Review: Vurt


Talk about a successful summer project. I’ve been so busy reading and enjoying the books my friends picked for me, the thought of reviewing them slipped right out of my mind. For the first time in a long time, I was reading for sheer enjoyment, instead of with an eye to analysis or criticism.

Not that those are bad things. But reading for pleasure alone, when you review and analyze books for a living, is the best feeling ever. It’s just you and the text. Like diving into the ocean, and letting surf carry you away for a while.

Inevitably, alas, you have to come back. It’s almost Labor Day, and soon my little project will be at an end. I’ll save all the numbers until then, but to get back into the swing of reviewing things, here’s a bit about one of my favorite summer reads, Jeff Noon’s Vurt.

Click through for image source and additional review

Click through for image source and additional review

Noon relentlessly plunges you into a world of made-up words and unfamiliar diction right from the very first page. If that sort of thing intrigues you, you’ll follow along and puzzle it out. Otherwise, you’ll put the book down in frustration and disgust. SF/F lovers, however, have always been an adventurous lot, so if you’re willing to work for it a bit–and you haven’t already read this classic novel–you’ll be well rewarded.

Still with me? All right then.

Our hero, Scribble, and his mates live in a Blade-Runner style world, only about 110% drearier because Manchester rain. To escape from their everyday lives, they take a lot of Vurt, a drug you imbibe by tickling the back of your throat with a feather. Each Vurt is a different color, indicating the kind of trip you’ll have…but taking Vurt is more than just a trip: it’s an inter-dimensional experience, and sometimes Very Bad Things can happen.

On one incredibly bad trip called English Voodoo, Scribble lost his sister, Desdemona, to the Vurt. Every trip he’s taken since then has been a valiant attempt to get her back, but with no leads or luck, Scribble’s at his wits’ end. The only thing he can think to do is find English Voodoo again and repeat his fateful trip in hopes of picking up some answers. But if you want to take something out of the Vurt, you need to be willing to leave something behind…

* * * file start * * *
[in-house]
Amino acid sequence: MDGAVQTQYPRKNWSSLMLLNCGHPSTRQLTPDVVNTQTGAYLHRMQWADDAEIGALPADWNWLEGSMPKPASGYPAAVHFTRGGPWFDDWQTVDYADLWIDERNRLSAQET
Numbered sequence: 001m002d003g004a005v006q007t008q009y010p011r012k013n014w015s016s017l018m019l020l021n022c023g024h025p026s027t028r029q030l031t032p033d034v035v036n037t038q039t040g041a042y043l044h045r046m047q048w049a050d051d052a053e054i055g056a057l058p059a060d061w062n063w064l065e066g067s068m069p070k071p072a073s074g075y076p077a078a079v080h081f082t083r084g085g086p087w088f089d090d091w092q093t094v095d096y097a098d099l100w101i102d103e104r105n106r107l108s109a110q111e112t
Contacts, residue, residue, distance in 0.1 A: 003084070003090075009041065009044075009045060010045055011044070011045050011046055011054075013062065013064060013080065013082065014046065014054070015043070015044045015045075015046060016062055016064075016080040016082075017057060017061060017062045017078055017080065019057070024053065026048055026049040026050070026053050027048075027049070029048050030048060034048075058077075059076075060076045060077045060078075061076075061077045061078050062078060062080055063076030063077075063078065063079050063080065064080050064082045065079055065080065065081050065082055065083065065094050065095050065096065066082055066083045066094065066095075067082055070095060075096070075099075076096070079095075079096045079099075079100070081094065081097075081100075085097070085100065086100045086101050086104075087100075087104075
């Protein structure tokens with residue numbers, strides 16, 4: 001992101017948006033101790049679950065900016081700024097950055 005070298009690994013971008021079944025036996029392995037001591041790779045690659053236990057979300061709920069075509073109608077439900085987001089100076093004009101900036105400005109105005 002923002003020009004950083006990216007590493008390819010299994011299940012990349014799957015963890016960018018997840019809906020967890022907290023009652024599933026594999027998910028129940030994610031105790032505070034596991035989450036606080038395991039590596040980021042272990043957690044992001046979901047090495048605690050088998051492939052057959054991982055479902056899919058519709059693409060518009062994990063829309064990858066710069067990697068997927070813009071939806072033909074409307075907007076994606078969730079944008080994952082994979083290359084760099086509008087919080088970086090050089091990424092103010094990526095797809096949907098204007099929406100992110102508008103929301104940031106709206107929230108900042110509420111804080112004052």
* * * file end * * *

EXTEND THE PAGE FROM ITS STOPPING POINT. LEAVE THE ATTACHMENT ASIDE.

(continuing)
Reading Vurt is a what-is-this-I-don’t-even experience. Because it’s the first book in a trilogy, there’s a lot of set-up (specifically the chapters narrated by Game Cat, which only begin to make sense by the end of book 1 – keep going). Scribble’s friends and enemies are more types than well-rounded people, but the sheer variety of types (shadow-people, dog-men, bloblike jellies from other dimensions, etc.) is delightful. On top of that, Scribble’s love for his sister is so sincere that even after a few potentially squick-filled revelations, you still root for the guy.

Which brings us, I suppose, to a salient point: this is not a book for the easily offended, so if you’re one of those, you might want to wait for my next review. If, however, your punk sensibilities remain intact, and/or you’re just a broad-minded person to begin with, Vurt is a head-trip well worth taking. Or, as I’m fond of saying in other contexts, “It’s not nice…but it’s good.”

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